Facebook plans to cut hiring as revenue growth slows

Facebook co-founder and CEO Mark Zuckerberg testifies before the House Financial Services Commission in the Rayburn House Office Building on Capitol Hill on October 23, 2019 in Washington, DC. Zuckerberg testified about Facebook’s proposed Libra cryptocurrency, how his company will handle false and misleading information from political leaders during the 2020 campaign, and how it will manage its users’ data and privacy.

Chip Somodevilla | Getty Images News | Getty Images

Facebook parent A half is slowing the pace of hiring as it takes into account the weakest revenue growth ever recorded and ongoing business challenges, such as Apples The changes in privacy and the war in Ukraine.

“We regularly evaluate our talent pipeline based on our business needs and in light of the expense guidance provided for this earnings period, we are slowing its growth as a result,” a Meta spokesperson on CNBC said Wednesday in an e-mail address. -mail. “However, we will continue to grow our workforce to ensure we focus on long-term impact.”

In its earnings report last week, Meta forecast a potential decline in year-over-year revenue in the second quarter. CFO David Wehner highlighted several problems the company faces and has said that expenses for the year would be between $ 87 billion and $ 92 billion, down from a previous forecast of $ 90 billion to $ 95 billion.

Meta intends to discontinue or slow down hiring for most mid- and senior-level roles, after holding back the addition of entry-level engineers over the past few weeks, according to a person familiar with the company’s plans. Recruiters have begun to suspend their efforts to fill certain roles, the person said.

insider reported on the plans earlier, quoting a memo from Wehner to employees.

The struggles began to emerge last year when users ditched the Facebook apps. in February, Meta said its daily active users declined sequentially for the first time in the fourth quarter, although that number rose in the first quarter of 2022.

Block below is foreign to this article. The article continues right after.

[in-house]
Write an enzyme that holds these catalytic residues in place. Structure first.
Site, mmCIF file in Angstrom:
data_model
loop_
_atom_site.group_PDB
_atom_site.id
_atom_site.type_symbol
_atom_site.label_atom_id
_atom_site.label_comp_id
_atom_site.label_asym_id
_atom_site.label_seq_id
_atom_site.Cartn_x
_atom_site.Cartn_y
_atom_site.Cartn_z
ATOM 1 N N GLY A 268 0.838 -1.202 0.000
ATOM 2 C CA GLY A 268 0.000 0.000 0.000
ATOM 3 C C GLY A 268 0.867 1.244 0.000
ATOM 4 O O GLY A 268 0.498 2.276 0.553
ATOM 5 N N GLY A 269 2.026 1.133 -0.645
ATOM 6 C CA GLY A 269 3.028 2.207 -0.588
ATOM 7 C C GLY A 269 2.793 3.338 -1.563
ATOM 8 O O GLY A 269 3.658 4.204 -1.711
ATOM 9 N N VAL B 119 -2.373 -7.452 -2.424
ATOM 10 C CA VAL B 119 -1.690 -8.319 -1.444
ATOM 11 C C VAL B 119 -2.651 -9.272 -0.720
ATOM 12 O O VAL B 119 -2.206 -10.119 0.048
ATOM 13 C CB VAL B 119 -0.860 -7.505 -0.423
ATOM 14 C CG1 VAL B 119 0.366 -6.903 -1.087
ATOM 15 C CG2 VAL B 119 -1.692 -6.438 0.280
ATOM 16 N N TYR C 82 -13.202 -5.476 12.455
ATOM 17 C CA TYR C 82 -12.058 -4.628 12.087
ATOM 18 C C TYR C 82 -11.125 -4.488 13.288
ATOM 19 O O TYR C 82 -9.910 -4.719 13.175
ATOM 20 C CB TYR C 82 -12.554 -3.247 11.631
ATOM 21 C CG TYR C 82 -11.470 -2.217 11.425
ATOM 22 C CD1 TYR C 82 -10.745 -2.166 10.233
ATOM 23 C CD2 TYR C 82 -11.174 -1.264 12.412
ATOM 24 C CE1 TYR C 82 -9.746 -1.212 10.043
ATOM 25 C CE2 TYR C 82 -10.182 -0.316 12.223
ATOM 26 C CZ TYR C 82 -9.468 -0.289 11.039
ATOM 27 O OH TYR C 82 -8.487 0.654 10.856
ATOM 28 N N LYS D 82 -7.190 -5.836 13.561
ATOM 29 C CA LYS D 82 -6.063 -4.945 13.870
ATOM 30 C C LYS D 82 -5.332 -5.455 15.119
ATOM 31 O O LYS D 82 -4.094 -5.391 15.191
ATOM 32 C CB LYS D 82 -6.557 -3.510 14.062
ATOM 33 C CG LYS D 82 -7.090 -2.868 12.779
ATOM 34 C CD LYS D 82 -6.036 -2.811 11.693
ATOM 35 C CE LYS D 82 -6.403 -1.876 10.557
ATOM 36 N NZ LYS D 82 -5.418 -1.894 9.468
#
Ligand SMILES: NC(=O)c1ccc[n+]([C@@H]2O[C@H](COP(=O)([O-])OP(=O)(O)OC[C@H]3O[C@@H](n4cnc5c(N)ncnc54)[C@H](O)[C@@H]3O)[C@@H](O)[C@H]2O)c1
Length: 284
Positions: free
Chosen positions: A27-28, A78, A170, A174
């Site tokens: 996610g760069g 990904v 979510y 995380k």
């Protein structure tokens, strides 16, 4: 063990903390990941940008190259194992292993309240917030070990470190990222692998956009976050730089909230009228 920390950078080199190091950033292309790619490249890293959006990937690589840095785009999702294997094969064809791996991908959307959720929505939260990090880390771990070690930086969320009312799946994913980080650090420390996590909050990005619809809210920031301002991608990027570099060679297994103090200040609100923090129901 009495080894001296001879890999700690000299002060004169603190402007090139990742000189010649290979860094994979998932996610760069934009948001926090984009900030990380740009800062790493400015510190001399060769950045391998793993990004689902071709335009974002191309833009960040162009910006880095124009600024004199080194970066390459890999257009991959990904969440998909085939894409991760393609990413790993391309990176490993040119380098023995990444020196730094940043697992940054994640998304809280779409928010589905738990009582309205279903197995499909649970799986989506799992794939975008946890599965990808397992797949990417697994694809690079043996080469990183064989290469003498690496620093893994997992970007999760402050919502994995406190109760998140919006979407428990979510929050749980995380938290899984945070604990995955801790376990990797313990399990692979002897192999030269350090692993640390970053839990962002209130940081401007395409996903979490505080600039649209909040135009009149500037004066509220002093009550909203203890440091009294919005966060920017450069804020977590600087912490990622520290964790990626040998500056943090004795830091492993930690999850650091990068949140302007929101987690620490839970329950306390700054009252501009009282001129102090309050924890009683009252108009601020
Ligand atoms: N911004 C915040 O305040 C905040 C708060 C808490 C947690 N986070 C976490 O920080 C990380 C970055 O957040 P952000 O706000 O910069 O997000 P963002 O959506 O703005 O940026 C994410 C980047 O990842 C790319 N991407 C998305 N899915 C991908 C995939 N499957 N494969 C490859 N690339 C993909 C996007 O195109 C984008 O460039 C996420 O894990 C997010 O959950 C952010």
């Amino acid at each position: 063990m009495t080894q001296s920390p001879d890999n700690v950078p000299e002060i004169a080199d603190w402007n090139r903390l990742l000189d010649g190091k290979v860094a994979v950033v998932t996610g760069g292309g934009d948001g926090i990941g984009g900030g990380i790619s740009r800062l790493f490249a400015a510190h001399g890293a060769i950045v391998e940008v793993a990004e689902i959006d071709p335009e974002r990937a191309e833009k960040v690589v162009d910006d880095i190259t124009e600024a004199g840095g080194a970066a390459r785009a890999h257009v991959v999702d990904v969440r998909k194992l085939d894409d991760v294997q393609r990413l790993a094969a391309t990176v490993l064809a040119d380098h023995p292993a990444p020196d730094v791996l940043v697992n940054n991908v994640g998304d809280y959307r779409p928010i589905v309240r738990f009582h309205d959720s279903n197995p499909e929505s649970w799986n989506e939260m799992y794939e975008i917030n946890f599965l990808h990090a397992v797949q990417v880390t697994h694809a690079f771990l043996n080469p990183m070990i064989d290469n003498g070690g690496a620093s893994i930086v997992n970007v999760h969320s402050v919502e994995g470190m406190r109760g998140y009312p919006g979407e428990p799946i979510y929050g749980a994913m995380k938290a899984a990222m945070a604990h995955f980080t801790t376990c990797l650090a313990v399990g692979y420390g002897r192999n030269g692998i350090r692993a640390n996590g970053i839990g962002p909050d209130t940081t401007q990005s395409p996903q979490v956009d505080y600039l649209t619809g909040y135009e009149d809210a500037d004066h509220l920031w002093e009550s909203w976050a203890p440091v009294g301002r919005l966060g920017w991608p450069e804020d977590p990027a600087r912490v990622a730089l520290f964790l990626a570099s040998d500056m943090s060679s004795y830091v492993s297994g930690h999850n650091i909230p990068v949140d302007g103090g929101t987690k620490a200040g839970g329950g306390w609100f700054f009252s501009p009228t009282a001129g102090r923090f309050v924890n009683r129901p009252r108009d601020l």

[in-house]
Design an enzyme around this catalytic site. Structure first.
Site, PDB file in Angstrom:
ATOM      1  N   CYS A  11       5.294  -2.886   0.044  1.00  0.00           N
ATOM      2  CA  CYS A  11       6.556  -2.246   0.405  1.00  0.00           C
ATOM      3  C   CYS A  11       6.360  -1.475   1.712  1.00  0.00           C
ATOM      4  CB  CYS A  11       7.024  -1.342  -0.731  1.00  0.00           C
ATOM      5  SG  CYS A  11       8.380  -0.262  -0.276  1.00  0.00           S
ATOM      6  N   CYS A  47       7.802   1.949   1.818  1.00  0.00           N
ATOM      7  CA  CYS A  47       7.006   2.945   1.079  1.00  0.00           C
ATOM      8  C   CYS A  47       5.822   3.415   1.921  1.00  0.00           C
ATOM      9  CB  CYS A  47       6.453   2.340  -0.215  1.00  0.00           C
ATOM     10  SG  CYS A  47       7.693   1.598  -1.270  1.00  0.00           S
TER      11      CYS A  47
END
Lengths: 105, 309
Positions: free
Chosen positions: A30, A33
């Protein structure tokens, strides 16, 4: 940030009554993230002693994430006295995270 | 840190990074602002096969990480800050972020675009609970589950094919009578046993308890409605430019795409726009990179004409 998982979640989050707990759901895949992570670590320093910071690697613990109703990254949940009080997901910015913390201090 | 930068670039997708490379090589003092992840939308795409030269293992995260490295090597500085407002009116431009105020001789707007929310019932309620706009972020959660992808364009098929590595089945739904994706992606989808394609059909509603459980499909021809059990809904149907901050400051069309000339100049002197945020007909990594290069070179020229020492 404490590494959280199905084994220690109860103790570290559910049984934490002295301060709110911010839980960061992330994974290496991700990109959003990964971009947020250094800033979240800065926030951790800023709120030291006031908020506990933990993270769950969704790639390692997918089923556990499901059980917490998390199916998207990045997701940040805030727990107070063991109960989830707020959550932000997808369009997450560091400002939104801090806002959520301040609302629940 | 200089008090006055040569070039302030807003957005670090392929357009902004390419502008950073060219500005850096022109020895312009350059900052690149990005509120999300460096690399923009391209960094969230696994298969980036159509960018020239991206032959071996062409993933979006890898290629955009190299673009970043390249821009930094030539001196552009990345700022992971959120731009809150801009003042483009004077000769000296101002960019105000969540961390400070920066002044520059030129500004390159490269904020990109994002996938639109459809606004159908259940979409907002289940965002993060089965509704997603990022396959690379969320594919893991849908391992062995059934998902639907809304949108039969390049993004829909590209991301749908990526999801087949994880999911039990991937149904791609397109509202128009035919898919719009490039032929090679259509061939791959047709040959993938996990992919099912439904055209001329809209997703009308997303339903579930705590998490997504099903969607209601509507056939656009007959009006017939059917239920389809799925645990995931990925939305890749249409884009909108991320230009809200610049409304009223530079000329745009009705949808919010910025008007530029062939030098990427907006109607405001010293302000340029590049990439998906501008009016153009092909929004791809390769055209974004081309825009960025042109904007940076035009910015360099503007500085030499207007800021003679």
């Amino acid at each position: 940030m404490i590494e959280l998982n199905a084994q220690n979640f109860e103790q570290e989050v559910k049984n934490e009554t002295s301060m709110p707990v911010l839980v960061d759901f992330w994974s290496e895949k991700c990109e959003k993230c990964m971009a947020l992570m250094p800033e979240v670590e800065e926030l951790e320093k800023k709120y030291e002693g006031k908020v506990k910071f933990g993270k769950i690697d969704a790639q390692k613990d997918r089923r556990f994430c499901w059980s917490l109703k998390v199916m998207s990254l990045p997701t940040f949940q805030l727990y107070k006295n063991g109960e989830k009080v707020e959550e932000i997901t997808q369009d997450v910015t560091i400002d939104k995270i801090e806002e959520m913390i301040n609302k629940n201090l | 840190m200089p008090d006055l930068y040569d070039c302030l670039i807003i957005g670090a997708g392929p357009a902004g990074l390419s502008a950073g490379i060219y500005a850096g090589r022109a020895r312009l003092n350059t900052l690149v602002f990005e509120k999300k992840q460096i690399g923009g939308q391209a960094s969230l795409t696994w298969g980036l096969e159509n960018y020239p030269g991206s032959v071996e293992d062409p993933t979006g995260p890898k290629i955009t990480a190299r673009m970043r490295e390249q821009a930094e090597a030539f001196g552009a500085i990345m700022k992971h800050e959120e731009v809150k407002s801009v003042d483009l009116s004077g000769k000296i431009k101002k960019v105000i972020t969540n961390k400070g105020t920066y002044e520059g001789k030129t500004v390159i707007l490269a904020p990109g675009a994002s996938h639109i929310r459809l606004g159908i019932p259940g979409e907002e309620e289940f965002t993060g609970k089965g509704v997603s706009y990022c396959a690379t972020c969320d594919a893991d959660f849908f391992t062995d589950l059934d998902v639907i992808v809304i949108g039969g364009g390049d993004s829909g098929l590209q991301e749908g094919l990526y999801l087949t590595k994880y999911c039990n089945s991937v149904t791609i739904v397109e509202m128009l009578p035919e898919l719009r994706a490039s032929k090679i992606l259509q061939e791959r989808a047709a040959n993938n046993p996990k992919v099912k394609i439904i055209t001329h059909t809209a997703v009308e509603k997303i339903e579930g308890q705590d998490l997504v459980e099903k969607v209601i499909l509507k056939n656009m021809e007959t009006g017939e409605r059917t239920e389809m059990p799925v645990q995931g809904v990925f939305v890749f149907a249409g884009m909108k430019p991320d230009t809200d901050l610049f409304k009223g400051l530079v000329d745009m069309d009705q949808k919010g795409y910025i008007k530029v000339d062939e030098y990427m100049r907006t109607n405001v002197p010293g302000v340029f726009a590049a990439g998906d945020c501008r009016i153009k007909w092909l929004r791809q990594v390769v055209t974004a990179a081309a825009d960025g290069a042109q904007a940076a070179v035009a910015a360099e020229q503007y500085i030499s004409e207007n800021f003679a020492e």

However, the digital media business in general is taking a hit due to macroeconomic concerns and the Russian invasion of Ukraine.

“We have experienced a further slowdown in growth since the start of Ukraine was due to the loss of revenue in Russia and the reduction in advertising demand both in Europe and outside the region,” Wehner said during last year’s earnings call. week. “We believe the war has introduced further volatility in an already uncertain macroeconomic landscape for advertisers.”

Wehner reiterated to investors that the privacy changes introduced by Apple its iOS devices last year will hurt growth, after the company already predicted the move would cut revenue this year by $ 10 billion.

Federal Reserve Wednesday raised its benchmark interest rate of half a percentage point in an effort to tackle a 40-year inflation spike. Markets moved higher as Fed Chairman Jerome Powell indicated that the central bank is unlikely to impose higher rate hikes than in the future.

Shares of Facebook ended the day up 5%, although they are still down 34% for the year.

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